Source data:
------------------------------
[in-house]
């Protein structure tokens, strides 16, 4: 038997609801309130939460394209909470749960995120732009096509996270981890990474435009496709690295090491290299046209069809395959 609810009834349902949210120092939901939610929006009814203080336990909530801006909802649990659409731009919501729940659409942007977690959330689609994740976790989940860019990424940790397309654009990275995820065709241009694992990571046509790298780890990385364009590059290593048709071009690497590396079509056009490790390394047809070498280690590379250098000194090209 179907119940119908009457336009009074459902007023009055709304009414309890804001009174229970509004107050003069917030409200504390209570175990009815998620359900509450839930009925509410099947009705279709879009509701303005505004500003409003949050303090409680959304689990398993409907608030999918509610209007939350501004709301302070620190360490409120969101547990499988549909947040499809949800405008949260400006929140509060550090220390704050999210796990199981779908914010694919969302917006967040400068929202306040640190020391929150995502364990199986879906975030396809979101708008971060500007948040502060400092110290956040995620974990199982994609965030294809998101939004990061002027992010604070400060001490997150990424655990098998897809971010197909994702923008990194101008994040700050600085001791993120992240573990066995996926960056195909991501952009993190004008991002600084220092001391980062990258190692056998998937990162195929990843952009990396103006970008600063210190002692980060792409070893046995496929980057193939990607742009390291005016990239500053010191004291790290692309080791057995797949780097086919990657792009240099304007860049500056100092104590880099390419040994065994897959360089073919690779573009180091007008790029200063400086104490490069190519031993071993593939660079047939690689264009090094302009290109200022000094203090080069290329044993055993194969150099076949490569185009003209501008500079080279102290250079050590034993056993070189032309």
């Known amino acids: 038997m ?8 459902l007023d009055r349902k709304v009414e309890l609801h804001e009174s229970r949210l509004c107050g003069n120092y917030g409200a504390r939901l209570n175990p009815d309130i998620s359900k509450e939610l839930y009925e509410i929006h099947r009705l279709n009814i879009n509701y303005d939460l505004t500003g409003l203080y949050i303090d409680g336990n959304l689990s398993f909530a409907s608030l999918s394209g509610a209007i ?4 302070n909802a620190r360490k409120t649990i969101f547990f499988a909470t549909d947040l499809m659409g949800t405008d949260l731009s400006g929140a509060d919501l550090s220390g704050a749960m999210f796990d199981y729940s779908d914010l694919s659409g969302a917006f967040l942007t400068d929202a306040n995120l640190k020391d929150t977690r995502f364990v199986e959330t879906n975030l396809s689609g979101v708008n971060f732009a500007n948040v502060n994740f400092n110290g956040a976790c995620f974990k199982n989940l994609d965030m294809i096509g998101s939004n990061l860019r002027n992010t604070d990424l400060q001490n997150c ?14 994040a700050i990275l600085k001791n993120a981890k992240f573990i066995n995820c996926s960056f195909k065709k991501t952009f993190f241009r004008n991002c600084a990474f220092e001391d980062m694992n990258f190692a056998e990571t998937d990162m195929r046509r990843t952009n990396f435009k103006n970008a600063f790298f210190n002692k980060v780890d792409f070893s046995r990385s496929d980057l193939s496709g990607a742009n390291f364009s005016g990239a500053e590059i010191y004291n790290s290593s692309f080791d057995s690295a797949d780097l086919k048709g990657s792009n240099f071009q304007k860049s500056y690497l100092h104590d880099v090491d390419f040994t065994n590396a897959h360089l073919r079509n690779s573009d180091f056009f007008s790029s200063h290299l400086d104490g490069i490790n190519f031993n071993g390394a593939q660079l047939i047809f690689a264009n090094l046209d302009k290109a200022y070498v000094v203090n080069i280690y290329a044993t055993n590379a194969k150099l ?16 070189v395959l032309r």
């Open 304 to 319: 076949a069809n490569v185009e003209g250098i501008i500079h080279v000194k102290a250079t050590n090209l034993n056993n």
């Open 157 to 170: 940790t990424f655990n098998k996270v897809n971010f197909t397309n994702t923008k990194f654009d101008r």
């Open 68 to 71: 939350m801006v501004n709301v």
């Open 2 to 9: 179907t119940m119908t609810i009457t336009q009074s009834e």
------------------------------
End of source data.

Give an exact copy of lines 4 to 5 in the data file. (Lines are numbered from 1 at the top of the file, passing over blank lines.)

């Open 304 to 319: 076949a069809n490569v185009e003209g250098i501008i500079h080279v000194k102290a250079t050590n090209l034993n056993n």
């Open 157 to 170: 940790t990424f655990n098998k996270v897809n971010f197909t397309n994702t923008k990194f654009d101008r």